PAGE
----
Nikki Allan’s dad urges men to join him in DNA campaign to find her killer

Nikki Allan, who was found dead on October 8, 1992.
Nikki Allan, who was found dead on October 8, 1992.
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Nikki Allan’s father has broken his silence on the 25th anniversary of the murder of his daughter to support a renewed DNA campaign by detective.

The seven-year-old went missing on October 7, 1992, in the East End, sparking a huge search by police, friends and family.

I would beg anyone who knew Nikki or had any contact with her before she died to please come forward to have your DNA taken.

David Allan

Her brutally murdered body was found the next day.

Now as the milestone of her death approaches, police have renewed their appeal in the hope people will come forward with information - and samples - which could help finally catch her killer.

David Allan was the first man to step forward and offer Northumbria Police a swab so his details could be checked against fresh male DNA they have recovered from evidence.

In addition to tracing the seven-year-old’s killer, officers also want to rule out any men who came into contact with Nikki innocently, as they also narrow the field of who could be responsible for the brutal murder.

David has urged any other men who came into contact with Nikki to come forward for DNA testing.

He said: “I have remained quiet about Nikki’s death for 25 years but now is the time I need to speak out.

“I can’t begin to describe how difficult life has been without my beautiful little girl.

“I would never want anyone to suffer the heartache we have suffered as parents.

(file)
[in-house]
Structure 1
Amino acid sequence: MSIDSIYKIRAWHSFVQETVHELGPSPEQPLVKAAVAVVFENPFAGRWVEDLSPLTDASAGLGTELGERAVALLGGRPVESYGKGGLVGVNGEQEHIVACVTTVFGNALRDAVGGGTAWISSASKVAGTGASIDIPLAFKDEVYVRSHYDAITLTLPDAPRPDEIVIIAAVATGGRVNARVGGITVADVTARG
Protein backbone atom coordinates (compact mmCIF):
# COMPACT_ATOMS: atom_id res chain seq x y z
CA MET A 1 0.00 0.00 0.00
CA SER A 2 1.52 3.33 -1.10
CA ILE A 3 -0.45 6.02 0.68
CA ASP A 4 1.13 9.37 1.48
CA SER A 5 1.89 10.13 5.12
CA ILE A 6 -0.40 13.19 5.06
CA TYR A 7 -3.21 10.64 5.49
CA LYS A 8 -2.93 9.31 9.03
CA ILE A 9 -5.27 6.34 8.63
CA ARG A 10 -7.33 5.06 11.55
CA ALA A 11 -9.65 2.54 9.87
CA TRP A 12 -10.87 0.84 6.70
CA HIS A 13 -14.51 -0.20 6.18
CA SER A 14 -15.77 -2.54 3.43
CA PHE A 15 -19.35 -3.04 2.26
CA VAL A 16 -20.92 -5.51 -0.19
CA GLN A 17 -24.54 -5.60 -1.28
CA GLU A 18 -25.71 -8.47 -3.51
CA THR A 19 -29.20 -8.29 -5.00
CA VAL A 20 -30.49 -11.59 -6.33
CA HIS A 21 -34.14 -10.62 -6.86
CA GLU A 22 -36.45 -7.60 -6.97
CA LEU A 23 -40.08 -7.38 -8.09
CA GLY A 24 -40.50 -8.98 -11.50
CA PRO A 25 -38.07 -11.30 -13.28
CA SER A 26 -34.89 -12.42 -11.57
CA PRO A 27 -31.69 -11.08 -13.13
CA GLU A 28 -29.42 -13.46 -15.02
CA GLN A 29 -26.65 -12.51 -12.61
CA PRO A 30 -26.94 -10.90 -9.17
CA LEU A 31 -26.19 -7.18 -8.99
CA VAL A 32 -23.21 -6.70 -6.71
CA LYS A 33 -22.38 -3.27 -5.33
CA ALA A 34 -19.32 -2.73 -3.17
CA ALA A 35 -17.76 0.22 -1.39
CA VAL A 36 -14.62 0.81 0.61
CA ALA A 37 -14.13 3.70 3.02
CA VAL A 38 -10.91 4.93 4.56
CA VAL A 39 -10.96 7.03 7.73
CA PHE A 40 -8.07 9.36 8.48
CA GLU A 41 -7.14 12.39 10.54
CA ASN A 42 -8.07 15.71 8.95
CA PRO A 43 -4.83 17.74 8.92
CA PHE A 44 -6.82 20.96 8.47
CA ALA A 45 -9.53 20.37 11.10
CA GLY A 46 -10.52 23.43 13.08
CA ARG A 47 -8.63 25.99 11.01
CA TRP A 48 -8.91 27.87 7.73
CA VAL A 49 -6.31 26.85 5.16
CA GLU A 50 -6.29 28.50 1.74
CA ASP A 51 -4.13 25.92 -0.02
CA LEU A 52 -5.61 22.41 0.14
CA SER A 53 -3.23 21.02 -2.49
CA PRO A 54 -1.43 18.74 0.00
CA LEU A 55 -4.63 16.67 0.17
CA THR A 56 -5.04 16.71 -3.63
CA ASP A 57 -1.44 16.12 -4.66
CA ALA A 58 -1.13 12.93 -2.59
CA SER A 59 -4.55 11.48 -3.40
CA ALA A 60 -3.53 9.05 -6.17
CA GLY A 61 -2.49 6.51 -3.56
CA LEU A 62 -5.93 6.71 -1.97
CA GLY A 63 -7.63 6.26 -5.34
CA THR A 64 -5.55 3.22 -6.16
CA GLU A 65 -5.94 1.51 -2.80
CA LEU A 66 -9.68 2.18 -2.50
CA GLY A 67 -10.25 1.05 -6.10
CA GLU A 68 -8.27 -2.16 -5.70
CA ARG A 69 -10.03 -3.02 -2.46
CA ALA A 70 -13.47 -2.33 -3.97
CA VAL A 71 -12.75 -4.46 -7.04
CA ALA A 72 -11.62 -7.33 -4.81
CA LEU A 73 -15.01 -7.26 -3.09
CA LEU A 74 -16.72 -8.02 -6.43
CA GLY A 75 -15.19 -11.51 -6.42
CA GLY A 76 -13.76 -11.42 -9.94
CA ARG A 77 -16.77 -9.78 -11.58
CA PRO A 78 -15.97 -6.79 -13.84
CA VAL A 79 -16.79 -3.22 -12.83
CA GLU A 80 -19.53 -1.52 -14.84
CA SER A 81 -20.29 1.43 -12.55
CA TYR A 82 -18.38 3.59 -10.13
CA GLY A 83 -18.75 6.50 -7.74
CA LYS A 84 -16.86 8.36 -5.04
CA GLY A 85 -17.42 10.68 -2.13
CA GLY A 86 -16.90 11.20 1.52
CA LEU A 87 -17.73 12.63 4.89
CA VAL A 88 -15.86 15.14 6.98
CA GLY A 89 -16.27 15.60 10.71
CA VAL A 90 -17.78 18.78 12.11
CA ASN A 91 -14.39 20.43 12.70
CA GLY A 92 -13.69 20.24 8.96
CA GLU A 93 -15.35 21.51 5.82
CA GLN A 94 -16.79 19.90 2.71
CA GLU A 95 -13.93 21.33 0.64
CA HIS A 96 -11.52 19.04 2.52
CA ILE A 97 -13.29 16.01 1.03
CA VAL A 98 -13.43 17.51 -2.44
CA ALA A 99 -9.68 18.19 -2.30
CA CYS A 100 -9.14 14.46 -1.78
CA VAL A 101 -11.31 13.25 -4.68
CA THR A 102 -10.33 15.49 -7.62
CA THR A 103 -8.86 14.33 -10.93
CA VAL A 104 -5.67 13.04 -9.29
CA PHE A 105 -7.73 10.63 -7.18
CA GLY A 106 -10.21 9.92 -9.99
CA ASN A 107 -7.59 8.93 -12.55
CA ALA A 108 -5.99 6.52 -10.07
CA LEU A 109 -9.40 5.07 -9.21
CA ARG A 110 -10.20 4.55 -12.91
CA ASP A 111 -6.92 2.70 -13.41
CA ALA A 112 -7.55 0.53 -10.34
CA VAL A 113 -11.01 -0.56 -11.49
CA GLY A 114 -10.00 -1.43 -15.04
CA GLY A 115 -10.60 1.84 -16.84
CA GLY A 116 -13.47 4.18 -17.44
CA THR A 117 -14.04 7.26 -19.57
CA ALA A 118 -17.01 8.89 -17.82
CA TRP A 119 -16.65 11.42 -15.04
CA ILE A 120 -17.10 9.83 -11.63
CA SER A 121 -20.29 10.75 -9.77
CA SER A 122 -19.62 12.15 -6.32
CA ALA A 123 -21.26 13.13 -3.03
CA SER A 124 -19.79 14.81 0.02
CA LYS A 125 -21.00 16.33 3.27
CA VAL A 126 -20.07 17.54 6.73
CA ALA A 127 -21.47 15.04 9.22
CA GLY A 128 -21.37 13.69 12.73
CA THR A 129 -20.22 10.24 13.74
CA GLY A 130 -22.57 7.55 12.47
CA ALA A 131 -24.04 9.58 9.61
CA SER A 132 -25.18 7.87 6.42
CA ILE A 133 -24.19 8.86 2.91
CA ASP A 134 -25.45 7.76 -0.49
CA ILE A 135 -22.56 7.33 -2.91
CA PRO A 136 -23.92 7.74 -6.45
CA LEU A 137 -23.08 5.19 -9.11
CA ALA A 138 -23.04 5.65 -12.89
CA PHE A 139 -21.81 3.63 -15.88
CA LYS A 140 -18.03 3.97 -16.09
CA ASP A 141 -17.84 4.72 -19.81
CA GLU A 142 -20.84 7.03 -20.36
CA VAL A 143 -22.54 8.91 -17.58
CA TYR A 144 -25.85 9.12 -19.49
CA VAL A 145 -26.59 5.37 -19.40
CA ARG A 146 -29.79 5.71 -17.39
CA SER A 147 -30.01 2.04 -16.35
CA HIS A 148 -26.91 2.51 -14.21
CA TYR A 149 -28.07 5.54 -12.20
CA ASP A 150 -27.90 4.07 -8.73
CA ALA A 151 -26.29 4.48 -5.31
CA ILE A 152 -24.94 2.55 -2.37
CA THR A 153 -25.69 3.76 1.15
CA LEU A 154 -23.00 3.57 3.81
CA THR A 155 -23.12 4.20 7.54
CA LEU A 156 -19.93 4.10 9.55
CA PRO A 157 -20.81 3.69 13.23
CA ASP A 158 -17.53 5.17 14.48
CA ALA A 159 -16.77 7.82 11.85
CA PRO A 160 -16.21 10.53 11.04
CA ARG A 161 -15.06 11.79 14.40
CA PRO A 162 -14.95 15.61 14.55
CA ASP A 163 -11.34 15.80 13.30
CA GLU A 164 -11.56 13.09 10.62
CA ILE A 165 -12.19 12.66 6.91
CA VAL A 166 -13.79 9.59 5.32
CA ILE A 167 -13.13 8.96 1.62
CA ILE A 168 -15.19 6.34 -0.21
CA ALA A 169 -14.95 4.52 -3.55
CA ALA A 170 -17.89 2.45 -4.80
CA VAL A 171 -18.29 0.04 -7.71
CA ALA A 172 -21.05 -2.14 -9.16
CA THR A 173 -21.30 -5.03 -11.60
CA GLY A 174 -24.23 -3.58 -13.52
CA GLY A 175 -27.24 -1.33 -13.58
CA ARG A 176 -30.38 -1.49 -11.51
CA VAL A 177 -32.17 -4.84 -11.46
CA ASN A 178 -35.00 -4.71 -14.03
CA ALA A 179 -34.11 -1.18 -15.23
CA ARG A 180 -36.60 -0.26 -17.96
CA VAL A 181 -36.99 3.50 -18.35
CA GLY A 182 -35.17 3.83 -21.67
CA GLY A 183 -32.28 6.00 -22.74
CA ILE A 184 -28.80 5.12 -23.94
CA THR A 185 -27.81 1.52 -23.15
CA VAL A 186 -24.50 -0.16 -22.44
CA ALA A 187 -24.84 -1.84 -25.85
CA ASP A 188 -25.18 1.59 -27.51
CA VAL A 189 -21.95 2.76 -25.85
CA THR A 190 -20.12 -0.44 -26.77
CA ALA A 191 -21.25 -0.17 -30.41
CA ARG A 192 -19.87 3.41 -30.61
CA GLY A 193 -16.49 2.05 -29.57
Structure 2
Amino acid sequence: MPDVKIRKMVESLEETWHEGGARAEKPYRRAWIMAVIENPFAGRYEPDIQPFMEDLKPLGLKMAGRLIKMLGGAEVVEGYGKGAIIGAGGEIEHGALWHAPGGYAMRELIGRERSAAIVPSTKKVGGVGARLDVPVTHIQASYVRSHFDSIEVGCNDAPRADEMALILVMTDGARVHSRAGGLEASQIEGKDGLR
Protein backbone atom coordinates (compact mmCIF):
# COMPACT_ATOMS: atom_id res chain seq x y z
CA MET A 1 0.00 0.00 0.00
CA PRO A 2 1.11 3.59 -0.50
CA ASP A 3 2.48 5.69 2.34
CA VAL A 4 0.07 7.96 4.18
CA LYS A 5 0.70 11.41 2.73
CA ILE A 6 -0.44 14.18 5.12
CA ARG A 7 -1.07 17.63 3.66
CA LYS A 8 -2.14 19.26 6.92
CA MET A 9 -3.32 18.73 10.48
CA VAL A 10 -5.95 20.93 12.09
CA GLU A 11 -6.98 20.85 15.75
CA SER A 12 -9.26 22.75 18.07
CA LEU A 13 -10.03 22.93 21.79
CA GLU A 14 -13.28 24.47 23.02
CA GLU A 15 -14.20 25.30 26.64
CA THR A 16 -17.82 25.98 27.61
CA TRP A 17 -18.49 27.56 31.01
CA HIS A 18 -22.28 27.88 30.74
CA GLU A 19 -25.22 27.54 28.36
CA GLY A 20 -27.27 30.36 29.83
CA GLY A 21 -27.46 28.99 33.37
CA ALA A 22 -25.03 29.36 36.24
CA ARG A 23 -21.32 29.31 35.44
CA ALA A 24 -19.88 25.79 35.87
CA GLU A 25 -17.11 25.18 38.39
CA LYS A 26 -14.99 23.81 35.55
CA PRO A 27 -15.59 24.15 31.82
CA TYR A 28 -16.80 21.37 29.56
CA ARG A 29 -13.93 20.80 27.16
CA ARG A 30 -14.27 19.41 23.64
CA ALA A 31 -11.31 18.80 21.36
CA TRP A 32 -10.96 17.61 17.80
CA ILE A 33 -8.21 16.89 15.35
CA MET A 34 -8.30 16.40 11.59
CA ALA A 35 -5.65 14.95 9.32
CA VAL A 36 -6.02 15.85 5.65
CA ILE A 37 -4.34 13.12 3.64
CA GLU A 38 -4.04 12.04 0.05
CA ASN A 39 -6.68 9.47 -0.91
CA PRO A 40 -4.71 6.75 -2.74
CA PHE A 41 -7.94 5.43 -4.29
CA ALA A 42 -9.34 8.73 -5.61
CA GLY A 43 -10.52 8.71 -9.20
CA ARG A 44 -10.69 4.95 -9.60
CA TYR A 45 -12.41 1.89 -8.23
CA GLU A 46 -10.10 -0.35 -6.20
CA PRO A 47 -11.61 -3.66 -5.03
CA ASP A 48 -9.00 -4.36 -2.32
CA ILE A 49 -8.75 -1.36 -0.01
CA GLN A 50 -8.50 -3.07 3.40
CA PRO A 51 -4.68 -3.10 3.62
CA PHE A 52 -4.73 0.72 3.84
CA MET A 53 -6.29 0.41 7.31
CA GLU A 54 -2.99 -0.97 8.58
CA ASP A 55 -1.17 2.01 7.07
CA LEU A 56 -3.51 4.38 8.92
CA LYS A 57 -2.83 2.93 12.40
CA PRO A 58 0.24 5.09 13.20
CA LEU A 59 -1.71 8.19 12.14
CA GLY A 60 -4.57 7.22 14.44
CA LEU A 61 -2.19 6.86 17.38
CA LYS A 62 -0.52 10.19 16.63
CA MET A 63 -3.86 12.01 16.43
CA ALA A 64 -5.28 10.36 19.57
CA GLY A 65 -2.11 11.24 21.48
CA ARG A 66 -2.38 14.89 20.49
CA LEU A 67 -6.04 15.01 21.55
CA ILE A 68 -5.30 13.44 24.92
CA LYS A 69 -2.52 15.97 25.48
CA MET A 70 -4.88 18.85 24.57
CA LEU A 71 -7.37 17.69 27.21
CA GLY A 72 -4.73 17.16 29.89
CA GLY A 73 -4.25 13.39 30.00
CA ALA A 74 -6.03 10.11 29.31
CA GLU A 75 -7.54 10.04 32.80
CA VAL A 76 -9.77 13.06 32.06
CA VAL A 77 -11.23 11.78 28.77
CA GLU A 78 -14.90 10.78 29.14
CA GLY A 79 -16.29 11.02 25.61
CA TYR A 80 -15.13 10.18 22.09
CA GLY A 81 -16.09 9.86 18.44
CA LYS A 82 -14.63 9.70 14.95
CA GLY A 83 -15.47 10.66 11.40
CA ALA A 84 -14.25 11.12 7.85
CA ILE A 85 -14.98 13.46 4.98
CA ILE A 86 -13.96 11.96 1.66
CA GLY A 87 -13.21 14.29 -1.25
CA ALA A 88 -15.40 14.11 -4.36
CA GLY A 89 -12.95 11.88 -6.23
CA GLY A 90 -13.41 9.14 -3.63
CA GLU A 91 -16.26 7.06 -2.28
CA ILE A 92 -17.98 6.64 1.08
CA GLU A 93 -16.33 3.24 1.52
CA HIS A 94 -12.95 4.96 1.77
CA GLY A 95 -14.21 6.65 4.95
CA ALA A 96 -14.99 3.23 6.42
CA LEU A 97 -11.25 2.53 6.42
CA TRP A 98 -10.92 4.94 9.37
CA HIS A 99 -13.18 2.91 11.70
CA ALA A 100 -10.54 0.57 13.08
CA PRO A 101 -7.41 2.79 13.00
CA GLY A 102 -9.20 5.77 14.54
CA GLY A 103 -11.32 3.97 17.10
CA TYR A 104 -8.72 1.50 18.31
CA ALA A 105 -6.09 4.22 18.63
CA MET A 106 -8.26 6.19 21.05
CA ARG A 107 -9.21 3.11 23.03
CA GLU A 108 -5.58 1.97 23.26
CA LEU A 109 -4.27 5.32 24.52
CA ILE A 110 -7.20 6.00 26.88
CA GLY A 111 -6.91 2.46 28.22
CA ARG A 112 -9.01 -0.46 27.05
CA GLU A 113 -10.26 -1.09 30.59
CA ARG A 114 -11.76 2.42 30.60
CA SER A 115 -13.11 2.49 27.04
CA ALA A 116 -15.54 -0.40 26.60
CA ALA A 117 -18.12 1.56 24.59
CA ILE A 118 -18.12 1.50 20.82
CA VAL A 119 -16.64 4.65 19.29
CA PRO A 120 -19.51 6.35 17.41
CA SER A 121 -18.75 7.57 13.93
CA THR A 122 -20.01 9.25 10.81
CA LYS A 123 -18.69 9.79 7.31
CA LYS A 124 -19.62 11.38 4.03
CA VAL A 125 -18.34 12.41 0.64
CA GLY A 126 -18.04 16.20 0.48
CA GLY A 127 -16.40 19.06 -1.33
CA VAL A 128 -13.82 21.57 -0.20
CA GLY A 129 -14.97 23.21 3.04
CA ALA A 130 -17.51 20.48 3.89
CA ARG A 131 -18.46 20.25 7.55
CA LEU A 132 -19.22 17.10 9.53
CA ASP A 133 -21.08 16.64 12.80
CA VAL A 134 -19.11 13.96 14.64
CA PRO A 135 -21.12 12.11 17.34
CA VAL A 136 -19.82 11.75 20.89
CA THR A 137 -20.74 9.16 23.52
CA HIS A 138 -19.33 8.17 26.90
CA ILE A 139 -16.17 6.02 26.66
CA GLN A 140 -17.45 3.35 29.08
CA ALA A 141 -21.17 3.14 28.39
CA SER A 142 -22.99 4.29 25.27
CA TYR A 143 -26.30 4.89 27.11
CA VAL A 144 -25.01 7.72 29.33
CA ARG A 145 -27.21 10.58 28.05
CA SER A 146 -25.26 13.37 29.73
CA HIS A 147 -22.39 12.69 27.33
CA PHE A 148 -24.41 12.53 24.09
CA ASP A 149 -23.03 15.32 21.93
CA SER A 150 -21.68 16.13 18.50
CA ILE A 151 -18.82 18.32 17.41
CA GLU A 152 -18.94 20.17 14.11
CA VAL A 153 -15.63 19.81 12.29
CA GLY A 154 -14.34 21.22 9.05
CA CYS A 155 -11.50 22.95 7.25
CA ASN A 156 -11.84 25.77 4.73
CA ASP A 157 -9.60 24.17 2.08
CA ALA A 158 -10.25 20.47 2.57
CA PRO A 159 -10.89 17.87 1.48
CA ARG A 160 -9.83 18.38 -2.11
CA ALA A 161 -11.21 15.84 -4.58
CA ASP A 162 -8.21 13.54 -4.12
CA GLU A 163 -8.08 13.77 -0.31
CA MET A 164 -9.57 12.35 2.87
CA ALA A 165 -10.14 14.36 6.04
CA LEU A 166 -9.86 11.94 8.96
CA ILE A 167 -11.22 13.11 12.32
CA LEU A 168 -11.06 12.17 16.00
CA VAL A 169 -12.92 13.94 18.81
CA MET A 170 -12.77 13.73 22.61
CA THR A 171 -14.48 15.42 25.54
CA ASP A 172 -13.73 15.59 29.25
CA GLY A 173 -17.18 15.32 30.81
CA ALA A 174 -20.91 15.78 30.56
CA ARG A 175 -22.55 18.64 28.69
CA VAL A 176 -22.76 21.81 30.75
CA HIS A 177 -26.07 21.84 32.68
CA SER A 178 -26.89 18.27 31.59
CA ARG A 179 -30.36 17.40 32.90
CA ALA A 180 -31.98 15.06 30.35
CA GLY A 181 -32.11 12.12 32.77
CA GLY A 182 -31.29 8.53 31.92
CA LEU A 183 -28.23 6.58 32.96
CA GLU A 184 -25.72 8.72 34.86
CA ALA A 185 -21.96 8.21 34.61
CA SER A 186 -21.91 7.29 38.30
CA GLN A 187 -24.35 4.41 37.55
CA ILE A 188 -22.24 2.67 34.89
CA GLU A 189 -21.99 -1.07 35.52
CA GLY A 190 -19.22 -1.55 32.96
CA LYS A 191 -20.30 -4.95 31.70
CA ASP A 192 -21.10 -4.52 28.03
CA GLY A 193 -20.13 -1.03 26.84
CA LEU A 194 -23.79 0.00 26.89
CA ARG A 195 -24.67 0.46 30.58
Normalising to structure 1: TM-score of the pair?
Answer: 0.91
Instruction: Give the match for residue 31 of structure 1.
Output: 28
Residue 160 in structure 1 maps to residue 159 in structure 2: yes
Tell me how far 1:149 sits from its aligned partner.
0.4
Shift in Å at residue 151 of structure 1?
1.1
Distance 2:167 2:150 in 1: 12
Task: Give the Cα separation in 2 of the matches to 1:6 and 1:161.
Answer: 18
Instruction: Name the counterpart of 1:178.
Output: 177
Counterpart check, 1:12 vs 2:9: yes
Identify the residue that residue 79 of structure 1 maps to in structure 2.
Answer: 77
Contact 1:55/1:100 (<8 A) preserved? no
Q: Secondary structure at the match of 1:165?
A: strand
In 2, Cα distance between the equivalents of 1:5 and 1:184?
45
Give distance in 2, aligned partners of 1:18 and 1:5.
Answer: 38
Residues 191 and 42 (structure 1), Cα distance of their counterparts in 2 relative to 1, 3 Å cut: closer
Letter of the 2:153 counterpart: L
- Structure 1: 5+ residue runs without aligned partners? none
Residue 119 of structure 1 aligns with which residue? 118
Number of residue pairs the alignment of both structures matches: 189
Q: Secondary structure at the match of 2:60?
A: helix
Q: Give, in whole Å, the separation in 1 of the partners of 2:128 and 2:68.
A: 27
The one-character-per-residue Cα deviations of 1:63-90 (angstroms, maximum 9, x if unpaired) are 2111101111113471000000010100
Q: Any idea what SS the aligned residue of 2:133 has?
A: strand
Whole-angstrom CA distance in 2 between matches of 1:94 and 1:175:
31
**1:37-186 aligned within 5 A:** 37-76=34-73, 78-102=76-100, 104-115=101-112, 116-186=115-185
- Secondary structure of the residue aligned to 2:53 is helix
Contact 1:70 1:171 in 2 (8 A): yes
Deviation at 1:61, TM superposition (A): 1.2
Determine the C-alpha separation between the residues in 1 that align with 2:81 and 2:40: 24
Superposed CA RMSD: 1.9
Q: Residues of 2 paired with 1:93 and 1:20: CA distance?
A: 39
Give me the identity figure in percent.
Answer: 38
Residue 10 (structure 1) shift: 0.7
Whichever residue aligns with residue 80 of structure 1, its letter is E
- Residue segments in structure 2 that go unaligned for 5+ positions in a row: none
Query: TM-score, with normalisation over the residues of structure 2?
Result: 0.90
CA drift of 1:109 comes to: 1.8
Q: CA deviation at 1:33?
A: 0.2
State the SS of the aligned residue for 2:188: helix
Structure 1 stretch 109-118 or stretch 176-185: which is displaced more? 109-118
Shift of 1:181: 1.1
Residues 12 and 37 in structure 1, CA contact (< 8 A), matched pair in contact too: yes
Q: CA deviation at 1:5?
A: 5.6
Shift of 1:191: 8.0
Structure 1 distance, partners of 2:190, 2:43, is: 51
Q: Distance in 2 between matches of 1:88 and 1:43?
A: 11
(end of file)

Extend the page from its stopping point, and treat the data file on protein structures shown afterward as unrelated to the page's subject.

“As Nikki’s father, I have provided a DNA sample myself and it is very quick, easy and completely painless.

“I would beg anyone who knew Nikki or had any contact with her before she died to please come forward to have your DNA taken.

“This isn’t about accusing anyone of being a suspect - this is to eliminate you from police enquiries.”

Northumbria Police say it has continually reviewed the evidence over the years since Nikki’s murder and advancements in forensic science have led to investigative leads not available at the time.

They have said they are keeping an open mind as part of their inquiries.

Detective Inspector Paul Waugh, who is helping to head up the unsolved murder probe, and hopes that the new forensic evidence, together with the anniversary and a £10,000 Crimestoppers reward, may bring to light the crucial piece of the jigsaw that they are looking for.

Det Insp Waugh said: “We strongly urge any members of Nikki’s family, friends of the family or anyone who had any contact with Nikki prior to her death to come forward to be tested for their DNA.

“I must absolutely stress that this is a vital part of the investigation and the only way we are able to eliminate any innocent parties from our inquiries is through DNA sampling.

“Please think about how Nikki’s family are feeling and how tragic this is for them.

“Nikki would have been 32-years-old this year and it is utterly heartbreaking to hear from her parents and close family talking about what could have been for Nikki - she may well have had children of her own by now and this is something that haunts both David and Sharon greatly.

“If anyone has any information at all please contact police.

“It may be something they believed at the time was not important but this could be the vital clue we are looking for.

“Or anyone who may have been in the area at the time of Nikki’s death and wish to provide a DNA sample then please come forward.

“If you know anything, no matter how insignificant you may think it is, then call us or contact the charity Crimestoppers anonymously.”

Anyone who wishes to speak to police or pass any information on is asked to contact the major crime team on 101 ext 69191 or the independent charity Crimestoppers on 0800 555 111. Only those passing information through Crimestoppers will be illegible for a reward.

Information passed to the police will not qualify.